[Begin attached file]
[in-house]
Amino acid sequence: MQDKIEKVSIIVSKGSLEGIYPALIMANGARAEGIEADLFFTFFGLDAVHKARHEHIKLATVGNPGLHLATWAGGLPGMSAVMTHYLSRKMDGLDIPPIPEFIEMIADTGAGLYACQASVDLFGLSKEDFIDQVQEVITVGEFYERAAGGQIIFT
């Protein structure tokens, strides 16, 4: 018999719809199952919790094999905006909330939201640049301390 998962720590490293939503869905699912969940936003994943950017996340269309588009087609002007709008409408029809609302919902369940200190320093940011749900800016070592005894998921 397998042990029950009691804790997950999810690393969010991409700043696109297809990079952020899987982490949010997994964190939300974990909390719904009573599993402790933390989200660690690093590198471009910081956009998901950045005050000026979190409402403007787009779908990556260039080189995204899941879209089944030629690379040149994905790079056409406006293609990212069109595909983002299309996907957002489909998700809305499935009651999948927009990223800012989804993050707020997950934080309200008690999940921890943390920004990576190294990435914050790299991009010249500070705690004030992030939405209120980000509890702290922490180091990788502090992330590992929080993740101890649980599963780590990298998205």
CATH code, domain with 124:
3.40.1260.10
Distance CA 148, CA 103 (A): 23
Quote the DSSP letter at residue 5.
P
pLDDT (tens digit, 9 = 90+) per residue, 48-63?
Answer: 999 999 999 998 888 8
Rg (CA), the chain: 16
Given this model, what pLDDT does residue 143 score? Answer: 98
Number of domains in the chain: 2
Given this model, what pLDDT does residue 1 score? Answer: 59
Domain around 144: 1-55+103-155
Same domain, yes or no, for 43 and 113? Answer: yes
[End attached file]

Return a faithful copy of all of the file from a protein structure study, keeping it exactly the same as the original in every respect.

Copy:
[in-house]
Amino acid sequence: MQDKIEKVSIIVSKGSLEGIYPALIMANGARAEGIEADLFFTFFGLDAVHKARHEHIKLATVGNPGLHLATWAGGLPGMSAVMTHYLSRKMDGLDIPPIPEFIEMIADTGAGLYACQASVDLFGLSKEDFIDQVQEVITVGEFYERAAGGQIIFT
């Protein structure tokens, strides 16, 4: 018999719809199952919790094999905006909330939201640049301390 998962720590490293939503869905699912969940936003994943950017996340269309588009087609002007709008409408029809609302919902369940200190320093940011749900800016070592005894998921 397998042990029950009691804790997950999810690393969010991409700043696109297809990079952020899987982490949010997994964190939300974990909390719904009573599993402790933390989200660690690093590198471009910081956009998901950045005050000026979190409402403007787009779908990556260039080189995204899941879209089944030629690379040149994905790079056409406006293609990212069109595909983002299309996907957002489909998700809305499935009651999948927009990223800012989804993050707020997950934080309200008690999940921890943390920004990576190294990435914050790299991009010249500070705690004030992030939405209120980000509890702290922490180091990788502090992330590992929080993740101890649980599963780590990298998205």
CATH code, domain with 124:
3.40.1260.10
Distance CA 148, CA 103 (A): 23
Quote the DSSP letter at residue 5.
P
pLDDT (tens digit, 9 = 90+) per residue, 48-63?
Answer: 999 999 999 998 888 8
Rg (CA), the chain: 16
Given this model, what pLDDT does residue 143 score? Answer: 98
Number of domains in the chain: 2
Given this model, what pLDDT does residue 1 score? Answer: 59
Domain around 144: 1-55+103-155
Same domain, yes or no, for 43 and 113? Answer: yes